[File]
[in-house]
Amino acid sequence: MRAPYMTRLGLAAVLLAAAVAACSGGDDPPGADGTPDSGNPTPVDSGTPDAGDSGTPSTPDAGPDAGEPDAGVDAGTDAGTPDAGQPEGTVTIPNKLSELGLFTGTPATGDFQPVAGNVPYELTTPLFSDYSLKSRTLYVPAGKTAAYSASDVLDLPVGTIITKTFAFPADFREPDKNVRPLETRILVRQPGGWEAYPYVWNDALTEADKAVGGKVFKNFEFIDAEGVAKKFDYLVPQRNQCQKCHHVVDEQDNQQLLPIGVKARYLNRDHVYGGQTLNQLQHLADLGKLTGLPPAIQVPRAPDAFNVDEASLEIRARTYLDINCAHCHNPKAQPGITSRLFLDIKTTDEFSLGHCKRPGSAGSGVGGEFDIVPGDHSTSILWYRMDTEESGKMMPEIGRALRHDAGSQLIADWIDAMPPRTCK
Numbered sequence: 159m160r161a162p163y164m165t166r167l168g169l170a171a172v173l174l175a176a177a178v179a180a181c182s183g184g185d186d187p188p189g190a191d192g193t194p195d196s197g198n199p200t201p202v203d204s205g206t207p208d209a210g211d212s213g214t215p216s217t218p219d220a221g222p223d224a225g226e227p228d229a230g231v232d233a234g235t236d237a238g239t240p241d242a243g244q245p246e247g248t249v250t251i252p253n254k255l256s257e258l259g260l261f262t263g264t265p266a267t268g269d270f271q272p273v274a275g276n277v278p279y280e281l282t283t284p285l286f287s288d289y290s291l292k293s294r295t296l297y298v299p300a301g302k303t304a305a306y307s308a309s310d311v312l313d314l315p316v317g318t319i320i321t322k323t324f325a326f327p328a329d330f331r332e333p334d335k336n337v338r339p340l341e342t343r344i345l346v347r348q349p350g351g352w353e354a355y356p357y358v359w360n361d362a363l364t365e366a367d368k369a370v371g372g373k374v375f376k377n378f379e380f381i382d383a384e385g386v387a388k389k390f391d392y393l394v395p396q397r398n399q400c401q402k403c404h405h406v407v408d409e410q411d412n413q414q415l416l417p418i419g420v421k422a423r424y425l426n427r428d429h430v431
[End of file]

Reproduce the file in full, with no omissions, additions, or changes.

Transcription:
[in-house]
Amino acid sequence: MRAPYMTRLGLAAVLLAAAVAACSGGDDPPGADGTPDSGNPTPVDSGTPDAGDSGTPSTPDAGPDAGEPDAGVDAGTDAGTPDAGQPEGTVTIPNKLSELGLFTGTPATGDFQPVAGNVPYELTTPLFSDYSLKSRTLYVPAGKTAAYSASDVLDLPVGTIITKTFAFPADFREPDKNVRPLETRILVRQPGGWEAYPYVWNDALTEADKAVGGKVFKNFEFIDAEGVAKKFDYLVPQRNQCQKCHHVVDEQDNQQLLPIGVKARYLNRDHVYGGQTLNQLQHLADLGKLTGLPPAIQVPRAPDAFNVDEASLEIRARTYLDINCAHCHNPKAQPGITSRLFLDIKTTDEFSLGHCKRPGSAGSGVGGEFDIVPGDHSTSILWYRMDTEESGKMMPEIGRALRHDAGSQLIADWIDAMPPRTCK
Numbered sequence: 159m160r161a162p163y164m165t166r167l168g169l170a171a172v173l174l175a176a177a178v179a180a181c182s183g184g185d186d187p188p189g190a191d192g193t194p195d196s197g198n199p200t201p202v203d204s205g206t207p208d209a210g211d212s213g214t215p216s217t218p219d220a221g222p223d224a225g226e227p228d229a230g231v232d233a234g235t236d237a238g239t240p241d242a243g244q245p246e247g248t249v250t251i252p253n254k255l256s257e258l259g260l261f262t263g264t265p266a267t268g269d270f271q272p273v274a275g276n277v278p279y280e281l282t283t284p285l286f287s288d289y290s291l292k293s294r295t296l297y298v299p300a301g302k303t304a305a306y307s308a309s310d311v312l313d314l315p316v317g318t319i320i321t322k323t324f325a326f327p328a329d330f331r332e333p334d335k336n337v338r339p340l341e342t343r344i345l346v347r348q349p350g351g352w353e354a355y356p357y358v359w360n361d362a363l364t365e366a367d368k369a370v371g372g373k374v375f376k377n378f379e380f381i382d383a384e385g386v387a388k389k390f391d392y393l394v395p396q397r398n399q400c401q402k403c404h405h406v407v408d409e410q411d412n413q414q415l416l417p418i419g420v421k422a423r424y425l426n427r428d429h430v431